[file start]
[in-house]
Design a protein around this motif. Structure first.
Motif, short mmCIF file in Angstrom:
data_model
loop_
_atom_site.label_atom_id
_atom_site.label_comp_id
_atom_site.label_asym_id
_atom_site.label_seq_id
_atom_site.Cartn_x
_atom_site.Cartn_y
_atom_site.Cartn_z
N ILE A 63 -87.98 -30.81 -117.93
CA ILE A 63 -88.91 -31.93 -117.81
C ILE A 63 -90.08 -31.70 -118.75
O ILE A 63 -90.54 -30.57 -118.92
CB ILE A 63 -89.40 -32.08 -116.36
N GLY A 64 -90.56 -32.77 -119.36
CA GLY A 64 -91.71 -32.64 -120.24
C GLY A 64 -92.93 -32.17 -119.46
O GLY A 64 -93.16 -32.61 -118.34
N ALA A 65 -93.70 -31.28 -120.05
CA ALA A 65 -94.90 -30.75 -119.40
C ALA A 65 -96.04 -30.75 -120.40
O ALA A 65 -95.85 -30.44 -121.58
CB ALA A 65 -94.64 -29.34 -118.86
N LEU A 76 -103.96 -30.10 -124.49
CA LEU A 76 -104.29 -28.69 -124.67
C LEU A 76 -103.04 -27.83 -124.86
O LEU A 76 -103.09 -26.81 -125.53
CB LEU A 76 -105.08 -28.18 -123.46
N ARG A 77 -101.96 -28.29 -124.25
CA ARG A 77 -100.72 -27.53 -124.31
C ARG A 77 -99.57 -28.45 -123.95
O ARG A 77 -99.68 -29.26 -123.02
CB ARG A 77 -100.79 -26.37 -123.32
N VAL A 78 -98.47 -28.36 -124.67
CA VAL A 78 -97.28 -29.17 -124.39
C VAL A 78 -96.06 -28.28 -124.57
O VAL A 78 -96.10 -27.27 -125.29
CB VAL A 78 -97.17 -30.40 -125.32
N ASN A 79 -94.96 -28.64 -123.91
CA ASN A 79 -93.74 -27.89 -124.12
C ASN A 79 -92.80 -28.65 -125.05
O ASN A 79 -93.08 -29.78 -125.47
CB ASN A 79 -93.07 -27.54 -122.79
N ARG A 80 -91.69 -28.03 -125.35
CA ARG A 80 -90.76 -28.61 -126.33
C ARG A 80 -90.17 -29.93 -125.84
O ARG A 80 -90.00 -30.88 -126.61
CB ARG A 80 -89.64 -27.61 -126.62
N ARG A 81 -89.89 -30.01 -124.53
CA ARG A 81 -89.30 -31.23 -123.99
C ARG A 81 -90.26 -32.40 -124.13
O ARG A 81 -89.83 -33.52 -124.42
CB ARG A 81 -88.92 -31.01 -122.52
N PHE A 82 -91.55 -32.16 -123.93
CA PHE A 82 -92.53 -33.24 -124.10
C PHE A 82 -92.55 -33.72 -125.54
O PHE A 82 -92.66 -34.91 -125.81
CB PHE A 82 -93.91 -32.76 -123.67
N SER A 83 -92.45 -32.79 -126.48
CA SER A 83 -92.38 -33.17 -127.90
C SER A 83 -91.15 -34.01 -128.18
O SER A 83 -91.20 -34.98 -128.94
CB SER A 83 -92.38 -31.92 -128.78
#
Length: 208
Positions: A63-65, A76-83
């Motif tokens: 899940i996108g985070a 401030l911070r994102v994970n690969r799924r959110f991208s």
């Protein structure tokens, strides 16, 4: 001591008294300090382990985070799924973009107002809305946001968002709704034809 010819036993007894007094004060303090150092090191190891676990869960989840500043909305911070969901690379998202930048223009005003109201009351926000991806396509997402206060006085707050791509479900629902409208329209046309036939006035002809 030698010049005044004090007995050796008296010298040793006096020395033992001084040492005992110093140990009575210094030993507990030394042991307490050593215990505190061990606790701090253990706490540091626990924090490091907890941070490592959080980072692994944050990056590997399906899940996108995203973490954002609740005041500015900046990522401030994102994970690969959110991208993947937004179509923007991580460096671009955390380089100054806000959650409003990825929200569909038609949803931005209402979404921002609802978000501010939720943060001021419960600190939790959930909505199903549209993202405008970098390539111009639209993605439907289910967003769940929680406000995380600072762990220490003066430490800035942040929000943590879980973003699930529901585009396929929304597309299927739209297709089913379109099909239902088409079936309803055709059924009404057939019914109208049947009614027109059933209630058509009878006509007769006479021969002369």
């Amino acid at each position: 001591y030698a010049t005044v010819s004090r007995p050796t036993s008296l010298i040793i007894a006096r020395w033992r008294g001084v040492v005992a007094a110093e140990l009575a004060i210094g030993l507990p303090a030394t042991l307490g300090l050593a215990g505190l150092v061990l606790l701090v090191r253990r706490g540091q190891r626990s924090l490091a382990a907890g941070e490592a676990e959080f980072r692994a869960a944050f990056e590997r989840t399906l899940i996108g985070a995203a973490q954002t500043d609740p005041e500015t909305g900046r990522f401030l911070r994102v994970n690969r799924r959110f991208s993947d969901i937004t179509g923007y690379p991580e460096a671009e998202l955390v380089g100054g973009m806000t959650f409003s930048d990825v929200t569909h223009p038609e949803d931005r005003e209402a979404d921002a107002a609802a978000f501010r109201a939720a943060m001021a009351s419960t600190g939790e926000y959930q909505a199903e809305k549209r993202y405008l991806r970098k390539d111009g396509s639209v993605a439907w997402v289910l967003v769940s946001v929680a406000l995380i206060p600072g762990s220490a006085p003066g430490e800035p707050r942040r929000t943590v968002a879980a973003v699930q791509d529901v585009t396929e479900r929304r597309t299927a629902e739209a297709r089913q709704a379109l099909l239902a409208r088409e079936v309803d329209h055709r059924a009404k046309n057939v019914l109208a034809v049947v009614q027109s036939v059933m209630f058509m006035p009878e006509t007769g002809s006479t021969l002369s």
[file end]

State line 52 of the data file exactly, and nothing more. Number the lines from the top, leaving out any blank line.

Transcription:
N ARG A 81 -89.89 -30.01 -124.53